With Tatchapon and every scholarship and welfare grant recipient, the SET Foundation has a rigorous assessment process that considers not only the students’ need but also their dedication to study. As Peter describes it, “SET does not give individual scholarships itself. We have 12 main scholarship centres and each has a quota (usually 100) which is topped back up each year as students qualify. Professional welfare officers do the student assessments for us, based on our dual criteria of proven need plus proven diligence.”
Apart from the scholarship programme, SET Foundation is also a major sponsor of Kiriwong, a school for novice monks that had fallen into disarray before it was revived and staffed with new teachers with SET’s help. Monastic schools in Thailand are often viewed as a “dumping ground” for students who have no other options and as such they often lack the care and funds they need to thrive. SET also helps with the care of children at Saengsawan orphanage, and provides scholarships for kids there who qualify.
SET now operates with a board of seven trustees with Peter still on as its active director. In 2003 he made the decision to leave the monkhood to be able to focus fully on SET. “I think fondly of my ten years as a monk but I’ve never regretted my decision to disrobe,” he said.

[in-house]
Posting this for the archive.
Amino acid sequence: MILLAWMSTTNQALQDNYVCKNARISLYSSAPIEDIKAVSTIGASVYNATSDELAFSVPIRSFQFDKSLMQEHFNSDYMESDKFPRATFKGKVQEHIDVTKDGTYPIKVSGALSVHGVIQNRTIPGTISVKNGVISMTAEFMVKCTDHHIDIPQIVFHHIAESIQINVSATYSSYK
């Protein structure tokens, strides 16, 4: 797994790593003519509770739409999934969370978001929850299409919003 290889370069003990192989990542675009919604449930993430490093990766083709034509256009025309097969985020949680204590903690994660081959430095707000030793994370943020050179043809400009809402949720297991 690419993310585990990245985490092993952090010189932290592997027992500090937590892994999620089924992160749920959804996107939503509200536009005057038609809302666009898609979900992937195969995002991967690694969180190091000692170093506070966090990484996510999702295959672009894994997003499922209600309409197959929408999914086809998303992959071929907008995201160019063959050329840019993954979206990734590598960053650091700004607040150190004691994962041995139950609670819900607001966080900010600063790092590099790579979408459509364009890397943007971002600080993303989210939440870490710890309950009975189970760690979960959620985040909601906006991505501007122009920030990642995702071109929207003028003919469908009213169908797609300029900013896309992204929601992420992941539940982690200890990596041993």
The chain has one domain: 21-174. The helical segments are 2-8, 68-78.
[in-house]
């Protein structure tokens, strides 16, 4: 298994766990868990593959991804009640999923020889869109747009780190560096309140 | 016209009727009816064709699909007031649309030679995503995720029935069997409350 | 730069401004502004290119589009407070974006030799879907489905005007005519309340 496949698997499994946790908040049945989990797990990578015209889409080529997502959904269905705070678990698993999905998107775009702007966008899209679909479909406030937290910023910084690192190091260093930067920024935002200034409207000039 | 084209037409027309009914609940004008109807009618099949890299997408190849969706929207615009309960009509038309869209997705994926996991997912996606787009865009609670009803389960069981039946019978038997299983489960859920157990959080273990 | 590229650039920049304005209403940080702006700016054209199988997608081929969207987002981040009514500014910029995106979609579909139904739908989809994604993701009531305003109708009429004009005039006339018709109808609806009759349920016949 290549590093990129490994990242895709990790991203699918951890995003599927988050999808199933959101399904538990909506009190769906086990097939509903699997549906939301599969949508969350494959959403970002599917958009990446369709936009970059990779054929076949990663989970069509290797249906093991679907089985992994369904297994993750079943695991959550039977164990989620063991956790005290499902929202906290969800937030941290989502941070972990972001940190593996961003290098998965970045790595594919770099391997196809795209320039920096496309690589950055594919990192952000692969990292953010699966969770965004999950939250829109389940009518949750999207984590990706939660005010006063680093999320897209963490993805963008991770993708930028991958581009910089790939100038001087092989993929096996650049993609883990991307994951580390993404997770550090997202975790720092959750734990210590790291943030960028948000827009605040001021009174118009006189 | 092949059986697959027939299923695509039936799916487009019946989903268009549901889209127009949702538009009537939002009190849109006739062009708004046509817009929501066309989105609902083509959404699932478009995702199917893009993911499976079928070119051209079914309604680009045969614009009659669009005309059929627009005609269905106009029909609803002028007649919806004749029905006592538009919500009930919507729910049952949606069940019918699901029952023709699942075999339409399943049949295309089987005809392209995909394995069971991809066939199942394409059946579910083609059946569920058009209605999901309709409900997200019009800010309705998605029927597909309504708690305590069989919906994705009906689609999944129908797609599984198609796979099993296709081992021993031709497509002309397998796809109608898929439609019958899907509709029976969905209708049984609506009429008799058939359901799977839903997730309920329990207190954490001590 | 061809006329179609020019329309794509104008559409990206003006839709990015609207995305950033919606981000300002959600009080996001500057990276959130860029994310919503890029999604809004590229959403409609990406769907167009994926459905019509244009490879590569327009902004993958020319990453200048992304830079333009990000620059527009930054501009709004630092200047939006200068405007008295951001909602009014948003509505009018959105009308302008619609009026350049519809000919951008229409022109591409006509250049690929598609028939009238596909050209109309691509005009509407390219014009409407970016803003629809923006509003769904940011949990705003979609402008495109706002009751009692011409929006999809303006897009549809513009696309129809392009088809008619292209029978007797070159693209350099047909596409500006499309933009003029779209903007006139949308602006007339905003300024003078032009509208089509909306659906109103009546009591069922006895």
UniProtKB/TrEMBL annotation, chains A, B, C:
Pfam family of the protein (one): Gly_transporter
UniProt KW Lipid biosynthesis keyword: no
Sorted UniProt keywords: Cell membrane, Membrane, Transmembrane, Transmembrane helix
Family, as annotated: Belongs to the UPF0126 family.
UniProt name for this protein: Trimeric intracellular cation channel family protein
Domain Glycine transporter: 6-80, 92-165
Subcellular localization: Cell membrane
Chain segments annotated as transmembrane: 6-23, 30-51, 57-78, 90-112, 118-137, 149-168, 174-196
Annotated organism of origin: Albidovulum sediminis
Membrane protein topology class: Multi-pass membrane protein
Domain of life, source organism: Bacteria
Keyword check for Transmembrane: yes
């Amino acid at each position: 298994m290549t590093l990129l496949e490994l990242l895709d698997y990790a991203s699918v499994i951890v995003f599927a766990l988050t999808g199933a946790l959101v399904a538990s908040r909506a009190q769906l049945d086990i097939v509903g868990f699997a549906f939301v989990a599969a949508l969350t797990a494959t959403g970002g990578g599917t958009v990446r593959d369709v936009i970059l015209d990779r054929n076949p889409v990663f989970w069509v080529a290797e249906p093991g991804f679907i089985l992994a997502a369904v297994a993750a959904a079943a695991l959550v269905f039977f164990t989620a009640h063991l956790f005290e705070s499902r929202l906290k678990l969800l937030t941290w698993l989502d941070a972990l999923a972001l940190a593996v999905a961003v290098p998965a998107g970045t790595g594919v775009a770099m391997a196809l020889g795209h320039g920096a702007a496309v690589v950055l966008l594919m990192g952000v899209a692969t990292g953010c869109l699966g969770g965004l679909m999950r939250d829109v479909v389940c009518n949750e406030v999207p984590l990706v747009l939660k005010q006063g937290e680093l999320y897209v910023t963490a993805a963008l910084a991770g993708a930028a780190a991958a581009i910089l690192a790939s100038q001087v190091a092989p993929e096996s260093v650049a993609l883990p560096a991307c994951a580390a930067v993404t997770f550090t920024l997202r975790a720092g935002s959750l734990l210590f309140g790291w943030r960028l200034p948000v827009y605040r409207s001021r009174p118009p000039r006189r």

SET is supported by donations from around the world as well as the proceeds from the books Peter Robinson has penned about the monastic life, including his memoir Phra Farang -- An English monk in Thailand, which has been a best-seller in Southeast Asia, and Little Angels, a set of stories about the lives of novice monks in Thailand.
Donations are accepted by bank transfer, by PayPal at the link below, and, for UK and US residents, donations may be made through the SET-UK and Friends of SET-USA support groups that have been set up to ease the donation process. Find more details on SET’s How to Donate web page.
Donations are urgently needed, said Peter, since the SET saw a 20 percent drop in income over the past year, a figure in line with a downward trend worldwide in international giving.
As the SET Foundation approaches its 20th anniversary, it’s also close to giving out its 5,000th scholarship, which will be granted this December and presented by Seckson, the first student to receive a scholarship back in 1994.
He’s certainly come a long way since his days of pumping gas. He went on to earn a PhD in nuclear physics and is better known as Dr Seckson in his current role as a university lecturer.
The SET Foundation
Academic Resource Center, Rajabhat University,
Sawanwithi Road, Amphur Muang, Nakhon Sawan
T: (087) 204 8018
All photos supplied by The SET Foundation
Each month a Travelfish.org writer selects a charity or non-government organisation that they believe does excellent work on their patch in Southeast Asia. They write about them and we donate $100, a small way for us to give something back to the region. If you're looking to give back too, please consider giving a little cash as well.
By Lana Willocks
Last updated on 26th November, 2013.